September 21, 2020
Hearing harvest stories of historic abuse
The New Zealand Māori Council is urging Māori with experience of abuse in state or faith-based care to speak to the Royal Commission.
The commission started open hearings in Auckland this week after 500 private hearings with survivors and collecting thousands of historic documents.
Council executive director Matthew Tukaki, who sits on the commission’s taumata, says more than 60 percent of the children in the care of state-run institutions and borstals from the 1950s on were Māori, and many have been unable to find a place to tell their stories.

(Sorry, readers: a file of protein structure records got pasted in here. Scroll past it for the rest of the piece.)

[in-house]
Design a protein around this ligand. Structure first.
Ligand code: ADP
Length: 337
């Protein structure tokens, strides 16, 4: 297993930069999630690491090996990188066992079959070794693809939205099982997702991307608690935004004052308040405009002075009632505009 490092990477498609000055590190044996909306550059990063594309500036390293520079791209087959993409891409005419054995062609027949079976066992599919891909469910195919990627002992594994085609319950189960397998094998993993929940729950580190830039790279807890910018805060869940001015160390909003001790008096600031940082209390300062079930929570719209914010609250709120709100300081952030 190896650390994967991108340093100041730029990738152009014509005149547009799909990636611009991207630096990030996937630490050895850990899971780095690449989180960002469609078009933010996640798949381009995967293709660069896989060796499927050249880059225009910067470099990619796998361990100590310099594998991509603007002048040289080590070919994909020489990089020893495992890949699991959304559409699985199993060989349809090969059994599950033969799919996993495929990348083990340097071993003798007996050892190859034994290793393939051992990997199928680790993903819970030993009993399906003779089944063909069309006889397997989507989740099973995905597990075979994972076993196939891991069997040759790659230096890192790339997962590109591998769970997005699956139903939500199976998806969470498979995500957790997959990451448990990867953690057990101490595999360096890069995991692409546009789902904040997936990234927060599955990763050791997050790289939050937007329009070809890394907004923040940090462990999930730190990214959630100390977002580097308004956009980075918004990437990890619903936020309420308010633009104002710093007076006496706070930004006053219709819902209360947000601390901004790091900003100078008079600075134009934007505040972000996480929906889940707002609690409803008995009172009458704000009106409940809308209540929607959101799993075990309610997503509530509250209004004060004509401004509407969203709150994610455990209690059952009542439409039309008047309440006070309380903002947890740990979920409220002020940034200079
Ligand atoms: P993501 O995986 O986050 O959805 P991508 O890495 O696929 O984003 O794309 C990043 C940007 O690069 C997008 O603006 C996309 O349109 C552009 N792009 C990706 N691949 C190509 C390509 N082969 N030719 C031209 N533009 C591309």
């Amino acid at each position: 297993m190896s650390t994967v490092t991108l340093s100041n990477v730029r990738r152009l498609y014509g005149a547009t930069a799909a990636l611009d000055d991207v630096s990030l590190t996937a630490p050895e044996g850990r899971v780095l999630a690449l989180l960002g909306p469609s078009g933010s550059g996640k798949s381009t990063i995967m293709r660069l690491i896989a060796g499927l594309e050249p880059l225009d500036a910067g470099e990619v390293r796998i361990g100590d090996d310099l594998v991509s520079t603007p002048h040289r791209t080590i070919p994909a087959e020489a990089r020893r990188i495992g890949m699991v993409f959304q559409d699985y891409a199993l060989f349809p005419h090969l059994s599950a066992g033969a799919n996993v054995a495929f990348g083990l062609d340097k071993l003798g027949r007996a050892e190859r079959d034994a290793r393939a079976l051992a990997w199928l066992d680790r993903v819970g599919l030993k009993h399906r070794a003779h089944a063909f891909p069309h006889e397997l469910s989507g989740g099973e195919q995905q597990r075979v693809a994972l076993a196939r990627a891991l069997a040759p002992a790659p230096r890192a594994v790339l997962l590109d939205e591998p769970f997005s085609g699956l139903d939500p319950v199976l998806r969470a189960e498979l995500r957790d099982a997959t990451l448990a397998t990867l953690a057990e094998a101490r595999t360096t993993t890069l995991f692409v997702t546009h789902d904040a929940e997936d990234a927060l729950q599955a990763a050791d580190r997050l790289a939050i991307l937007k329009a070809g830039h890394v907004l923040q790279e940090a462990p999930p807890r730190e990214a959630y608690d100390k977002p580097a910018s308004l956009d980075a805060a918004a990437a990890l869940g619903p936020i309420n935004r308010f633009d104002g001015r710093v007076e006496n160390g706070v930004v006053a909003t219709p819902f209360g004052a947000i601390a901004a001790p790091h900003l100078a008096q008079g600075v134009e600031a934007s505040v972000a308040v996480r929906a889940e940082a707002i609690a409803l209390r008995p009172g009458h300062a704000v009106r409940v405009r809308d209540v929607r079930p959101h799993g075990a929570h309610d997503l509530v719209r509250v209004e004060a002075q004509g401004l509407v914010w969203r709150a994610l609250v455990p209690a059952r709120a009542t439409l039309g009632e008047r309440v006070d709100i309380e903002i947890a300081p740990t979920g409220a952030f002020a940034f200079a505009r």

He says his experience working on the Australian Royal Commission into abuse indicated some unsavory connections to this side of the Tasman.
"I’ve said to all Māori who will listen, please if you have a story to tell and you feel comfortable telling it there will be an environment conducive to that. Please have your voices heard and especially when it comes to the faith-based institutions, the borstals, the schools, all these things where we know in Australia a huge number of New Zealanders who participated in the system here were sent, basically to hide from their evil," Mr. Tukaki says.
He hopes to see prosecutions for historic abuse arising out of the commission’s work.
Copyright © 2020, UMA Broadcasting Ltd: www.waateanews.com